I overheard them as they left the store: “Requiring a mask is an attack on my freedom.” It was fairly early in the pandemic, and it was my first curbside pick-up at the lumberyard. They walked by my car as I negotiated this new way of shopping. I was wearing a mask. Immediately, I thought of my partner. For nearly 20 years, she was the faculty adviser for a campus Amnesty International student group. Amnesty International (AI) is the human rights organization supporting prisoners of conscience: people imprisoned for exercising their fundamental human rights. There are many ways to think about freedom, but an international human rights perspective grounds your thoughts in the realities of freedoms denied. Members of Amnesty engage in the rituals of human rights work with the humblest of weapons: pen, paper, and emails. Over many decades, with many friends, we have written thousands of letters and...
    By FARAI MUTSAKA, Associated Press HARARE, Zimbabwe (AP) — Zimbabwe's military and police are arresting scores of opposition members and activists after authorities thwarted an anti-government protest last week, according to rights groups. More than 60 people have been arrested so far in the continuing clampdown, said Zimbabwe Lawyers for Human Rights, which is providing lawyers for the arrested people. Last week internationally known author Tsitsi Dangarembga was arrested for a peaceful protest and spent a night in police cells before being released on bail. Zimbabwe’s main opposition party, the MDC Alliance, says dozens of its officials have been arrested or have gone into hiding. If state agents do not find the person they want to arrest, they often vandalize their homes and harass their relatives, said opposition spokesman Tendai Biti. Human rights groups accuse President Emmerson Mnangagwa’s administration of clamping down on dissent under the guise of enforcing anti-COVID-19...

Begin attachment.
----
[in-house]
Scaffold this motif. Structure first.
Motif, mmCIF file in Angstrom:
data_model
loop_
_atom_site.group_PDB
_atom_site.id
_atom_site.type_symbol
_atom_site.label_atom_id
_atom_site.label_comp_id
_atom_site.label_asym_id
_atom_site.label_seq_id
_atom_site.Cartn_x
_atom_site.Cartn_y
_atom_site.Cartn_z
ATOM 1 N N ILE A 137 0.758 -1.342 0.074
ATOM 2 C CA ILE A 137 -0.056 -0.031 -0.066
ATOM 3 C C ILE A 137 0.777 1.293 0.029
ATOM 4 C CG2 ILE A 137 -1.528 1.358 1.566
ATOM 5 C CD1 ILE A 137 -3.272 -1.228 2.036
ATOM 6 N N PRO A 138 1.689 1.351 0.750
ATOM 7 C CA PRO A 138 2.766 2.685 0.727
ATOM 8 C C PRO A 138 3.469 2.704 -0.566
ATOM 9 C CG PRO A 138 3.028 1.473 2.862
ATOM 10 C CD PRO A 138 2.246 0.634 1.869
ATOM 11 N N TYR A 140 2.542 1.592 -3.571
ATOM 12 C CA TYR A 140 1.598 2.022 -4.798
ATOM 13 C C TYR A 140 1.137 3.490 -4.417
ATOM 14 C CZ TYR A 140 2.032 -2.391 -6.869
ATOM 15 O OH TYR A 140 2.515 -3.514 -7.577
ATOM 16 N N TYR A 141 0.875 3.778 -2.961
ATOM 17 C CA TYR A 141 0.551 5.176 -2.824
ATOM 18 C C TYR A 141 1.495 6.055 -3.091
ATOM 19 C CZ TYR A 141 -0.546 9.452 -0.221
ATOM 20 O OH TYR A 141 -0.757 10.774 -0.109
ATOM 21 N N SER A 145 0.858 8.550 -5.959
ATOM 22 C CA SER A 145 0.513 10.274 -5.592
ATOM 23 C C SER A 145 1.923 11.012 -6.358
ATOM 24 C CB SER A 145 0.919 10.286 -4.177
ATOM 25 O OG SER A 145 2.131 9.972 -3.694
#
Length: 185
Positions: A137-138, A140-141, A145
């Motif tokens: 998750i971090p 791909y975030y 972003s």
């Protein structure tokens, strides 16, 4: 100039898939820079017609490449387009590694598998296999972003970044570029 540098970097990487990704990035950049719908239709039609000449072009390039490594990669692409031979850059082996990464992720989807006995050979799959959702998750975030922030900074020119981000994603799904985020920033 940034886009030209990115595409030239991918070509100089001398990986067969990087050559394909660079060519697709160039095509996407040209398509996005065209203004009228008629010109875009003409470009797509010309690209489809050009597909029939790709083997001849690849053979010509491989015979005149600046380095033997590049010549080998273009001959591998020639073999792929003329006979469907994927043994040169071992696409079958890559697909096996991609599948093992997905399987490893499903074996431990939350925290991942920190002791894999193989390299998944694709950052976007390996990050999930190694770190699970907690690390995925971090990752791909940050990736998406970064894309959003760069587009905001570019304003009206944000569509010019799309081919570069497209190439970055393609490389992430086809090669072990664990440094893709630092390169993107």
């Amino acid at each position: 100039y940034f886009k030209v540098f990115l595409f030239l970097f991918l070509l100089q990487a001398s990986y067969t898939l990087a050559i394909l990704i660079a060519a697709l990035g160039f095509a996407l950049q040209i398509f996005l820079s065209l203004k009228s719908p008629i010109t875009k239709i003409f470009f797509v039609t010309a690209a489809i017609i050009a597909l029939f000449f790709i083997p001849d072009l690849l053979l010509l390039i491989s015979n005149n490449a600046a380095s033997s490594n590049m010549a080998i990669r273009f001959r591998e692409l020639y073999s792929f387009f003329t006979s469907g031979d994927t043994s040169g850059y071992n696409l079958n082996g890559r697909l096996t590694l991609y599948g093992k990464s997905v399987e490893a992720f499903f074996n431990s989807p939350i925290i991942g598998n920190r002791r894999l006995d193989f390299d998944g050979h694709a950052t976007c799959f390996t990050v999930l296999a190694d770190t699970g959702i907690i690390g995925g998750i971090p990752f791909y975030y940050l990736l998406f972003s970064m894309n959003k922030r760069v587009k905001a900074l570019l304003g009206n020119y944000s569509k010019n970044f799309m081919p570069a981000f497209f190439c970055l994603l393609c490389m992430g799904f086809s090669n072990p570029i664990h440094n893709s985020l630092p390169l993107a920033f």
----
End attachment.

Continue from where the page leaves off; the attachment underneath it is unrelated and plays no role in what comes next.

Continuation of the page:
HARARE, Zimbabwe (AP) — Zimbabwe’s military and police are arresting scores of opposition members and activists after authorities thwarted an anti-government protest last week, according to rights groups. More than 60 people have been arrested so far in the continuing clampdown, said Zimbabwe Lawyers for Human Rights, which is providing lawyers for the arrested people. Last week internationally known author Tsitsi Dangarembga was arrested for a peaceful protest and spent a night in police cells before being released on bail. Zimbabwe’s main opposition party, the MDC Alliance, says dozens of its officials have been arrested or have gone into hiding. If state agents do not find the person they want to arrest, they often vandalize their homes and harass their relatives, said opposition spokesman Tendai Biti. Human rights groups accuse President Emmerson Mnangagwa’s administration of clamping down on dissent under the guise of enforcing anti-COVID-19 lockdown rules. The...